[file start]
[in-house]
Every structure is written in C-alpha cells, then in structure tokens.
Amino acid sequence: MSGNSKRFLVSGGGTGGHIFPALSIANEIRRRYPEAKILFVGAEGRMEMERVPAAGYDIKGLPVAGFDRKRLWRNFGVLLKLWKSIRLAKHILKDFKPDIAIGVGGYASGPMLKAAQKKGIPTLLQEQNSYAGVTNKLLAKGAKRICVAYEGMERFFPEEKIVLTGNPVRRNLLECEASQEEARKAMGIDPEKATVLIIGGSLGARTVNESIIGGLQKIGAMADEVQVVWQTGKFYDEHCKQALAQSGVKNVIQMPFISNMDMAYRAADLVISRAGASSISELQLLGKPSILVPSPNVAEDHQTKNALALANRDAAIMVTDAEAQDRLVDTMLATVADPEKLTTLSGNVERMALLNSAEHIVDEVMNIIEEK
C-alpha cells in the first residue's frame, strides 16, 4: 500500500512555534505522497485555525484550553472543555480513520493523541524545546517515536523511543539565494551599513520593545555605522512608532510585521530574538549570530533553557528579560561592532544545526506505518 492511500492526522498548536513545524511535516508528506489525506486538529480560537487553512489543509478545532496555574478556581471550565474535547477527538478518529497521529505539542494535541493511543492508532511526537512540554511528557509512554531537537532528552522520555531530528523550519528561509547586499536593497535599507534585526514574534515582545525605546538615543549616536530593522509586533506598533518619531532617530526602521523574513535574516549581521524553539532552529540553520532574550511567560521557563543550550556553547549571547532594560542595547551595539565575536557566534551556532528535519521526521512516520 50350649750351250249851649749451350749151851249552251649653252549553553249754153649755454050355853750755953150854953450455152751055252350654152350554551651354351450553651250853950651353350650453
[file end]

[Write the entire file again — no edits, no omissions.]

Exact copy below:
[in-house]
Every structure is written in C-alpha cells, then in structure tokens.
Amino acid sequence: MSGNSKRFLVSGGGTGGHIFPALSIANEIRRRYPEAKILFVGAEGRMEMERVPAAGYDIKGLPVAGFDRKRLWRNFGVLLKLWKSIRLAKHILKDFKPDIAIGVGGYASGPMLKAAQKKGIPTLLQEQNSYAGVTNKLLAKGAKRICVAYEGMERFFPEEKIVLTGNPVRRNLLECEASQEEARKAMGIDPEKATVLIIGGSLGARTVNESIIGGLQKIGAMADEVQVVWQTGKFYDEHCKQALAQSGVKNVIQMPFISNMDMAYRAADLVISRAGASSISELQLLGKPSILVPSPNVAEDHQTKNALALANRDAAIMVTDAEAQDRLVDTMLATVADPEKLTTLSGNVERMALLNSAEHIVDEVMNIIEEK
C-alpha cells in the first residue's frame, strides 16, 4: 500500500512555534505522497485555525484550553472543555480513520493523541524545546517515536523511543539565494551599513520593545555605522512608532510585521530574538549570530533553557528579560561592532544545526506505518 492511500492526522498548536513545524511535516508528506489525506486538529480560537487553512489543509478545532496555574478556581471550565474535547477527538478518529497521529505539542494535541493511543492508532511526537512540554511528557509512554531537537532528552522520555531530528523550519528561509547586499536593497535599507534585526514574534515582545525605546538615543549616536530593522509586533506598533518619531532617530526602521523574513535574516549581521524553539532552529540553520532574550511567560521557563543550550556553547549571547532594560542595547551595539565575536557566534551556532528535519521526521512516520 50350649750351250249851649749451350749151851249552251649653252549553553249754153649755454050355853750755953150854953450455152751055252350654152350554551651354351450553651250853950651353350650453